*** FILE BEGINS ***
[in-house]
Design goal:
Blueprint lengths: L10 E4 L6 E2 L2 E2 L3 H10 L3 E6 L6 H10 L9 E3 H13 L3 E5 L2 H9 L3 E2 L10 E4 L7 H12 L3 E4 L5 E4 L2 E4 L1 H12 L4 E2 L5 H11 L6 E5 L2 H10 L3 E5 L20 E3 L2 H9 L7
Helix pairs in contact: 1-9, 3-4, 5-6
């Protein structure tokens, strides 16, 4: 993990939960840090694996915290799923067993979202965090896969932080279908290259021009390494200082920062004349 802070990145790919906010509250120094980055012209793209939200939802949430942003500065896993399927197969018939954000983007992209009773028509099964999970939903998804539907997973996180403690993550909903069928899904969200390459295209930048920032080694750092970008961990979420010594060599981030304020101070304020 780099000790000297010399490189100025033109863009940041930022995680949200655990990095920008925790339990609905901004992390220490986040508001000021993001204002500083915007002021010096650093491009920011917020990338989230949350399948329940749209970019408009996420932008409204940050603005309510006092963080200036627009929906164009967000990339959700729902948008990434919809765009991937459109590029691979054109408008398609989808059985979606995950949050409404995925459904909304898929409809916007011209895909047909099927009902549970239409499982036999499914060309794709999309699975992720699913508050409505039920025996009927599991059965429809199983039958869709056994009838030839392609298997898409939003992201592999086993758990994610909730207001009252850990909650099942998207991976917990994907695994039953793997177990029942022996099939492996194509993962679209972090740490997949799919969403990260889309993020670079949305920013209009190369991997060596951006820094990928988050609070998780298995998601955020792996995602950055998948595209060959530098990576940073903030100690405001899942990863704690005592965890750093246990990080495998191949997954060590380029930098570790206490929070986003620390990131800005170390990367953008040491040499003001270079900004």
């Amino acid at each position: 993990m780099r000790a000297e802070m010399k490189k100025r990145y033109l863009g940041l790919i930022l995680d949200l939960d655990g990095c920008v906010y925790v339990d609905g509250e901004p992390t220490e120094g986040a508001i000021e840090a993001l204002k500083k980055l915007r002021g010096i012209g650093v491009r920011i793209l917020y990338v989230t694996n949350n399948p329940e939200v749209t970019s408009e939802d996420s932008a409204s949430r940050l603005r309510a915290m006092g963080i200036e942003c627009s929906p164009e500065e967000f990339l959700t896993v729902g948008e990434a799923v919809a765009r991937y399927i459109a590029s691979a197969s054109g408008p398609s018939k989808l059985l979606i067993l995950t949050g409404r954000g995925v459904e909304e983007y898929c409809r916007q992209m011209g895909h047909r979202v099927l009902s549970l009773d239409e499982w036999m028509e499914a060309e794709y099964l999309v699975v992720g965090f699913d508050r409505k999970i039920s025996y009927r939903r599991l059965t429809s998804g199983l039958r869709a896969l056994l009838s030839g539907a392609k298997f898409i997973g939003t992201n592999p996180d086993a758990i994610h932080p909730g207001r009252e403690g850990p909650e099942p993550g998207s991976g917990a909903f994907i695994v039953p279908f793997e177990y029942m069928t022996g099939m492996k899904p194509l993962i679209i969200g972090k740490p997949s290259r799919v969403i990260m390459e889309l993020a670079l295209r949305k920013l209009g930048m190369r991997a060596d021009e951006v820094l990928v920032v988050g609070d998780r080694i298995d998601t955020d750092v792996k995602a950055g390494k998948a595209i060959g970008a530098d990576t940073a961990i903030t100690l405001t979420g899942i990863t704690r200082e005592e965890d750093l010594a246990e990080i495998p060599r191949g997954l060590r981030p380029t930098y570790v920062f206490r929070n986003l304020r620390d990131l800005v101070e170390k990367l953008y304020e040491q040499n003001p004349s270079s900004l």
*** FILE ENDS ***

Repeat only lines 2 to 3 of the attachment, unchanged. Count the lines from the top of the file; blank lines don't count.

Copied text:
Design goal:
Blueprint lengths: L10 E4 L6 E2 L2 E2 L3 H10 L3 E6 L6 H10 L9 E3 H13 L3 E5 L2 H9 L3 E2 L10 E4 L7 H12 L3 E4 L5 E4 L2 E4 L1 H12 L4 E2 L5 H11 L6 E5 L2 H10 L3 E5 L20 E3 L2 H9 L7